"Doomsday Scenario"? The ticking time bomb nonsense once again. The sort of crap Nicky K and our latter day online Dylan wet themselves over with their dirty bomb nonsense. (It's not surprising that science doesn't enter Nicky K's head, it is suprising that with all our latter day Dylan's focus on education, he's yet to look at the issue scientifically or note the science community caveats on this topic and how they rank in terms of threats. Apparently someone's seen too many TV and film portrayals of backpacked dirty bombs to grasp that there's "reality" in film and TV and then reality in life.) So combining bits from Dershowitz's nightmare with bits of panice from just about everywhere, Stephen J. Hadley (who truly should have been asked who he informed about the e-mail Rove sent him long ago) and others argue that torture must be an option if we know that in mere hours a nuke may go off.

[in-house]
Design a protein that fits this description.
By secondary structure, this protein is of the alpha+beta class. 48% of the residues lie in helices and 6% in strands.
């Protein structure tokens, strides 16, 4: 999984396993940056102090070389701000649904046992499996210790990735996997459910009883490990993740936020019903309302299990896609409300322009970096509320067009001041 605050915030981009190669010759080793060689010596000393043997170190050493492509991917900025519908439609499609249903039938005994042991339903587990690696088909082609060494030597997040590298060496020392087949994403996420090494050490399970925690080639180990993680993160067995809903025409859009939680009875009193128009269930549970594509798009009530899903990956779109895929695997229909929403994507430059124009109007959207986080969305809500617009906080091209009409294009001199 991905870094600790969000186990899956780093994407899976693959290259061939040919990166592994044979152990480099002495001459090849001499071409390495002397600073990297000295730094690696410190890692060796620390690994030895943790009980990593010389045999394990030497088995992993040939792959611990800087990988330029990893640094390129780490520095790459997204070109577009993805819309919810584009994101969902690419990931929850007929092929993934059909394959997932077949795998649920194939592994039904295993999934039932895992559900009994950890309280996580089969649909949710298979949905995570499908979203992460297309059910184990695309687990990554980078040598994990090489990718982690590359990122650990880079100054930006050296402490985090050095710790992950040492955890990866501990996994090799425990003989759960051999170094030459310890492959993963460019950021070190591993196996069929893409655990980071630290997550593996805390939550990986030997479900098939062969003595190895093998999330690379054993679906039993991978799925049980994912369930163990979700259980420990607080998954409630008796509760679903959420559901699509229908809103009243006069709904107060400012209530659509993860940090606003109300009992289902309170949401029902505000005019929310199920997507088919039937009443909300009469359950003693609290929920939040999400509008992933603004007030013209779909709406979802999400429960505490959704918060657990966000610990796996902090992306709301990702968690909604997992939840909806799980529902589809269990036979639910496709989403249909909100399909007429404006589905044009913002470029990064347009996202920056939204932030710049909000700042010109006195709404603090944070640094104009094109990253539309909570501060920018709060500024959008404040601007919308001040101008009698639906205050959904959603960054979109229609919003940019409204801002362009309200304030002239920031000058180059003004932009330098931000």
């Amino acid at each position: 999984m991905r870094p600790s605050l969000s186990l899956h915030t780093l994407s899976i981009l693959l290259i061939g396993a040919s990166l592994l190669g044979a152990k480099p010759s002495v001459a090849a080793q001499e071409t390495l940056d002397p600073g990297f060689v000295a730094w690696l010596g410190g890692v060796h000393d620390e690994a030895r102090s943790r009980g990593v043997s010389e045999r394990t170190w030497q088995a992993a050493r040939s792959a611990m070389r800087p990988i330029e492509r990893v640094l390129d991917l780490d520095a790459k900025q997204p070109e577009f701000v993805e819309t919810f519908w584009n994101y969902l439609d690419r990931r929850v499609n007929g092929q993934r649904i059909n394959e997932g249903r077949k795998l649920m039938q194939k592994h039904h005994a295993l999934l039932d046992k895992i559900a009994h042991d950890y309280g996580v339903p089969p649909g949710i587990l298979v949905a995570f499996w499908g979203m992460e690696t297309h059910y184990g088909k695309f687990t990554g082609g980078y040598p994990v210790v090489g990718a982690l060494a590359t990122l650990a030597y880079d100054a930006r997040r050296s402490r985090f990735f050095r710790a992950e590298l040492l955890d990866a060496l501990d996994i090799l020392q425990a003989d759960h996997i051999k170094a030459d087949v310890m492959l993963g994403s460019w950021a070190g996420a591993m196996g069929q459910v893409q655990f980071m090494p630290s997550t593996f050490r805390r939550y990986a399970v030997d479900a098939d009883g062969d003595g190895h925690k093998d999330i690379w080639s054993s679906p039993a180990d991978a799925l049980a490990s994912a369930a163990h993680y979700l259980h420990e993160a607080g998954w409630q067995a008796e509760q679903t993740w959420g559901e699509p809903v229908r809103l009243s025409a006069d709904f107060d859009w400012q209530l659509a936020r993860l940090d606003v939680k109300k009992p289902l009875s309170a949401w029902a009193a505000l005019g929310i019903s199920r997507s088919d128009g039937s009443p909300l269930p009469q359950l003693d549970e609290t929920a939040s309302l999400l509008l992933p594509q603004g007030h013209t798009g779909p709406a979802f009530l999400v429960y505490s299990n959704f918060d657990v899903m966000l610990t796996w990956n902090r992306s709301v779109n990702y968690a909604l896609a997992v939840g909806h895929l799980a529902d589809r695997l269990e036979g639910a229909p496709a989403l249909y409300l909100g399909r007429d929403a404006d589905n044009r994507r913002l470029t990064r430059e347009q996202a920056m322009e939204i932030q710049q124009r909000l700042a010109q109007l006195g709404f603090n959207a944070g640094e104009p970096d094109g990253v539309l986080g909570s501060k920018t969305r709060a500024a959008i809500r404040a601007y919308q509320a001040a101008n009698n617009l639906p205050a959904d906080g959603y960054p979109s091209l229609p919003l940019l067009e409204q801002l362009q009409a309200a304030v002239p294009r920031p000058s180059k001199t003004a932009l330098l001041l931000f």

This isn't worst case scenario, note that. This administration can't address a nation honestly, they must always go for the highest drama. They must always attempt to goad the public into responding based upon a fear response. Helps keep the "bully" in Bully Boy.
And bad writing, jotting down what Bully Boy says and treating it as news, helps keep the public uninformed.
Wait, we're not done. Bully Boy Speaks! is being pimped like he's Garbo in her first talkie. Elisabeth Bumiller is left with "Iraqi Election Will Not End Security Threats, Bush Says." Of the three, believe it or not, it's the best written. (Yes, believe it or not.) That may be due to the fact that she's not covering the softballs she saw tossed to Bully Boy on TV. Bully Boy gave a speech in Philadelphia. And he actually was asked questions! And he answered some!